Dubai takes the leap into the cryptocurrency sector

WASHINGTON: World Bank President David Malpass announced on Monday that he was preparing a $170 billion aid package over 15 months to help countries cope with multiple crises, including the food and humanitarian crisis caused by the war. in Ukraine.

“We are preparing for a continued response, given the multiple crises” around the world, he told reporters as the Spring Meetings kicked off.

He cited in particular food insecurity and the refugee crisis linked to the war in Ukraine. Millions of people, mostly women and children, have fled Ukraine to escape Russian attacks.

“Over the next few weeks, I plan to discuss with our board of directors a new envelope of approximately $170 billion spread over 15 months to cover the period from April 2022 to June 2023,” a- he specified.

He added that the goal was to “commit some $50 billion of that over the next three months.”

This envelope is substantial, he noted, recalling, by way of comparison, that the Board of Directors had approved in 2020 the release of 157 billion dollars to deal with the crisis caused by the pandemic.

These crises significantly slow down global growth, he also underlined. The World Bank is now counting on growth of 3.2% this year against 4.1% expected in January.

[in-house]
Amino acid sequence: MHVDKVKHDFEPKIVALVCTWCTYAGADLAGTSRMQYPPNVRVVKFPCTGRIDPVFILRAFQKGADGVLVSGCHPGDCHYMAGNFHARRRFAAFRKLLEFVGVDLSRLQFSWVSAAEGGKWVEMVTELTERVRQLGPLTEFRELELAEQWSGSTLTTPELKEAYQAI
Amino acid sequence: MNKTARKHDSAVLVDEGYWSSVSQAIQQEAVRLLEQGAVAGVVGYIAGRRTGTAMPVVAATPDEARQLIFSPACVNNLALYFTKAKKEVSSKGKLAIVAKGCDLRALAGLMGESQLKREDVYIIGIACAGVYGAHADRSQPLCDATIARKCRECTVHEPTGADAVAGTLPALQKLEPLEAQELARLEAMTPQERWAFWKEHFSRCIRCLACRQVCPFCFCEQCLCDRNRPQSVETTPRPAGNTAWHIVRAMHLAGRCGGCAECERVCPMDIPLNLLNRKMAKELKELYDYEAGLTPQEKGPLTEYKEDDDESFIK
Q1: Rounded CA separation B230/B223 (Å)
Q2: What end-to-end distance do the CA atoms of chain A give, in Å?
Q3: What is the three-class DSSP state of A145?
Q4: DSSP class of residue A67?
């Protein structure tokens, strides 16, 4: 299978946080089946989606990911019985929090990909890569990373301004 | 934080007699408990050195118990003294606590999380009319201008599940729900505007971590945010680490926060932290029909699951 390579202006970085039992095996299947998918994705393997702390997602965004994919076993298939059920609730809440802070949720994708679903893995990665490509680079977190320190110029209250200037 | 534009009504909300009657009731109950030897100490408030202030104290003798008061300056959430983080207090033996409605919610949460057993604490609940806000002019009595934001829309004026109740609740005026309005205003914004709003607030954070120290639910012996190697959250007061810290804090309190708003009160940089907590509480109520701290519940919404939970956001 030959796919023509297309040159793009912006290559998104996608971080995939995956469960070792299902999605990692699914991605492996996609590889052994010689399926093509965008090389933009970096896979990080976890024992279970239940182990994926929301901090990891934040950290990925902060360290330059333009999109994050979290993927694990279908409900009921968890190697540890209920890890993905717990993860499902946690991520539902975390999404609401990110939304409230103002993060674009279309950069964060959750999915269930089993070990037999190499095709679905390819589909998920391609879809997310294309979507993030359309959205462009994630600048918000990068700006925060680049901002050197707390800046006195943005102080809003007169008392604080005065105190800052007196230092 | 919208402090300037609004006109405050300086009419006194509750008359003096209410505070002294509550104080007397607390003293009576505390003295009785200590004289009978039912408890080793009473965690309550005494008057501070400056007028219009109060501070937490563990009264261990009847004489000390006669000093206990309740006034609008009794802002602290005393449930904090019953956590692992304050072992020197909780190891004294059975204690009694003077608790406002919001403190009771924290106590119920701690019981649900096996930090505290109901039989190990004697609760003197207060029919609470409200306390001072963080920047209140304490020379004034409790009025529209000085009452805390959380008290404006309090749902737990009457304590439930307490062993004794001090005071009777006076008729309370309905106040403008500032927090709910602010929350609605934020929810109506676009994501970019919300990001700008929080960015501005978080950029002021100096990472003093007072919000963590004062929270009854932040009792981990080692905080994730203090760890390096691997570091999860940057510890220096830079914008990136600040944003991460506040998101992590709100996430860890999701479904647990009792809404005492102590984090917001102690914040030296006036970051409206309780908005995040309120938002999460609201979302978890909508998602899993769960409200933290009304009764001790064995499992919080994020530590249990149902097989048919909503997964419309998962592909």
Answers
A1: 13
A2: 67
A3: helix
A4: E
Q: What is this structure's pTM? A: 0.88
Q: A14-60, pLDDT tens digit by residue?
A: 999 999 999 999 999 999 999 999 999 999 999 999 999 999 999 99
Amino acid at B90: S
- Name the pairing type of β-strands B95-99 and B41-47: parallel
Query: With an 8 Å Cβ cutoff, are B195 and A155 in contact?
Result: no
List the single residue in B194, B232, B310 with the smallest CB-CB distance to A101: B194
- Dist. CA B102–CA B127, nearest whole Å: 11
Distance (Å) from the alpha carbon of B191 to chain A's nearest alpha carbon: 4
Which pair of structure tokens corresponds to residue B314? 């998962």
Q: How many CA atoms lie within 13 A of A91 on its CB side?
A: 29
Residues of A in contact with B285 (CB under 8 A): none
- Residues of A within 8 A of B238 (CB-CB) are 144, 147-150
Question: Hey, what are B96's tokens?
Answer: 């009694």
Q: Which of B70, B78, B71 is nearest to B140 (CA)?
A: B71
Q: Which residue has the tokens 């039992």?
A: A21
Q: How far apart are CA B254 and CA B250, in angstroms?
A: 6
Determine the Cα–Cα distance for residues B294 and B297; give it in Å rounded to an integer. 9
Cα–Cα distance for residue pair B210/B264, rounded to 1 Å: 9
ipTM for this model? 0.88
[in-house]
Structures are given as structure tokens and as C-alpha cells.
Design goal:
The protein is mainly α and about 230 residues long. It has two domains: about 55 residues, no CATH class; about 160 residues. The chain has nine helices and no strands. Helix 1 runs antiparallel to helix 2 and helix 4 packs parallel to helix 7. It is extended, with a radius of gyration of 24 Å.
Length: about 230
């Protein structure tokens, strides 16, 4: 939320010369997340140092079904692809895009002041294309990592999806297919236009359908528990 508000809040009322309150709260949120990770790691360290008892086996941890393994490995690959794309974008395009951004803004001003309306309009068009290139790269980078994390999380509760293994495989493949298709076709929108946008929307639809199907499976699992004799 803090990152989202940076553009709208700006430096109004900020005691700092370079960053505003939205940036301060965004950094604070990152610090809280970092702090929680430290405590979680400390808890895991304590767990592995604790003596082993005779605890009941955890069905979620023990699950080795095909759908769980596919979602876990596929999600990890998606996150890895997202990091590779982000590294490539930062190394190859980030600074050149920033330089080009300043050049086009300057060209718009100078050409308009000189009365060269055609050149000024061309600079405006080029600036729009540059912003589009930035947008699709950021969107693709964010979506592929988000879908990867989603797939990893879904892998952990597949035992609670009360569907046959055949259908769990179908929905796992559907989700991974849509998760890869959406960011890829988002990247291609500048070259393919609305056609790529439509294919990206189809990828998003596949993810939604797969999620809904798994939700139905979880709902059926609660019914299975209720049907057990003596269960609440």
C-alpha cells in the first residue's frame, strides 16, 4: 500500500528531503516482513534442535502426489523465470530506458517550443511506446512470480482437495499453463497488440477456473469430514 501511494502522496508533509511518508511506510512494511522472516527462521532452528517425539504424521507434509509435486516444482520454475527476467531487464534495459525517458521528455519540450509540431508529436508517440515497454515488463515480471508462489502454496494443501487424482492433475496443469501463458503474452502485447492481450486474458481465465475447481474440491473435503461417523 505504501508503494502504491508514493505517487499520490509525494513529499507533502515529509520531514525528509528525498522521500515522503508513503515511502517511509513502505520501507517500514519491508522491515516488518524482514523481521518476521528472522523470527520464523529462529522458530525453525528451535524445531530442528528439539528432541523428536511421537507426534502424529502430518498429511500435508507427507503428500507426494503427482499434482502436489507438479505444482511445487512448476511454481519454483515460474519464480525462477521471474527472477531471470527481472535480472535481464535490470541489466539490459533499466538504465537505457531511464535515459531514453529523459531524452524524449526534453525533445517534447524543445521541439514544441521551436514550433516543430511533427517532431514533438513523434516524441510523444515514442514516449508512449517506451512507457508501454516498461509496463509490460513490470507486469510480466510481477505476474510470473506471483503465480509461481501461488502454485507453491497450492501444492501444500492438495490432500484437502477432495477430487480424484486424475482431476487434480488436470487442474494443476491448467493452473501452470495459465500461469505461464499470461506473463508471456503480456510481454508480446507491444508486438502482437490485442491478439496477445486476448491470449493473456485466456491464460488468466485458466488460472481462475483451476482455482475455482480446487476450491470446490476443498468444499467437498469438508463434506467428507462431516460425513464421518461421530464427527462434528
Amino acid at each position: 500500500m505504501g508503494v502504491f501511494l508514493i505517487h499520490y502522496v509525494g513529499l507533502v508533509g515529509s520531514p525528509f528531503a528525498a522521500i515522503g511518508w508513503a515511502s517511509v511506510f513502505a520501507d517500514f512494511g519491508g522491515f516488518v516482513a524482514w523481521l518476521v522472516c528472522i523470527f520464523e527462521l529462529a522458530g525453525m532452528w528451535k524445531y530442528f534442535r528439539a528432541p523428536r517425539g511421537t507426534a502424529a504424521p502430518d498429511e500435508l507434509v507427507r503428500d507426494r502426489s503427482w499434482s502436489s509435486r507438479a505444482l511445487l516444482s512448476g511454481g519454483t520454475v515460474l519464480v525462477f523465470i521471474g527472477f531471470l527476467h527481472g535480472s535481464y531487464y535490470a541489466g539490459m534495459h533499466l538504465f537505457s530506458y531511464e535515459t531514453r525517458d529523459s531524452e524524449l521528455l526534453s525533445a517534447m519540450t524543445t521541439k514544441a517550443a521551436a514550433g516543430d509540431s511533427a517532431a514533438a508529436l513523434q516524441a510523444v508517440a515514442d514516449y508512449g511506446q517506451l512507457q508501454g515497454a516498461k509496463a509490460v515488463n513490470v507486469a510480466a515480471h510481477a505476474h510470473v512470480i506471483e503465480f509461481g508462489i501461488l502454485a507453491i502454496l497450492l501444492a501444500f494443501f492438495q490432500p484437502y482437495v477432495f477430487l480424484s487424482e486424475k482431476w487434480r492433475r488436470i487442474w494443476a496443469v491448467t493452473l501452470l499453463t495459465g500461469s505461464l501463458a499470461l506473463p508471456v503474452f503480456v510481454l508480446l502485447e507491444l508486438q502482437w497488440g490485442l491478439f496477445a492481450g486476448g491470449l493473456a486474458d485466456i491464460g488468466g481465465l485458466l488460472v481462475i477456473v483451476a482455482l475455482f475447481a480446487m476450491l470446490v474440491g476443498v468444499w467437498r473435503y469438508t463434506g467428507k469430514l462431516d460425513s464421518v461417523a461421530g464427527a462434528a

The International Monetary Fund will publish its new projections on Tuesday.

David Malpass also said he was particularly worried about the indebtedness of poor countries.

“We expect the debt crisis to continue to worsen in 2022,” he said, noting that these countries were under “serious financial stress”.

In total, 60% of low-income countries are already in debt distress or at high risk of debt distress.

Last week, David Malpass once again called for improving the common G20 framework for debt restructuring.

He then suggested “the establishment of a timetable allowing the creditors’ committee to suspend debt service payments and penalty interest by widening eligibility”.

He also recommended involving private creditors early in the restructuring process.

At the start of the Covid-19 pandemic, rich G20 countries offered poor countries a moratorium on debt service payments until the end of 2020 before extending it until the end of 2021 .

In parallel with this debt service suspension initiative (DSSI), they had created, in November 2020, a “common framework” intended to restructure, or even cancel the debt of the countries which would request it.

But for now, private creditors, particularly Chinese, are holding back its implementation.

A G20 will be held on Wednesday where this issue should be addressed.

The spring meetings of the IMF and the World Bank are being held this week, in semi-virtual mode. Small delegations from countries are expected in Washington but the press conferences are only in virtual mode.

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Dubai takes the leap into the cryptocurrency sector

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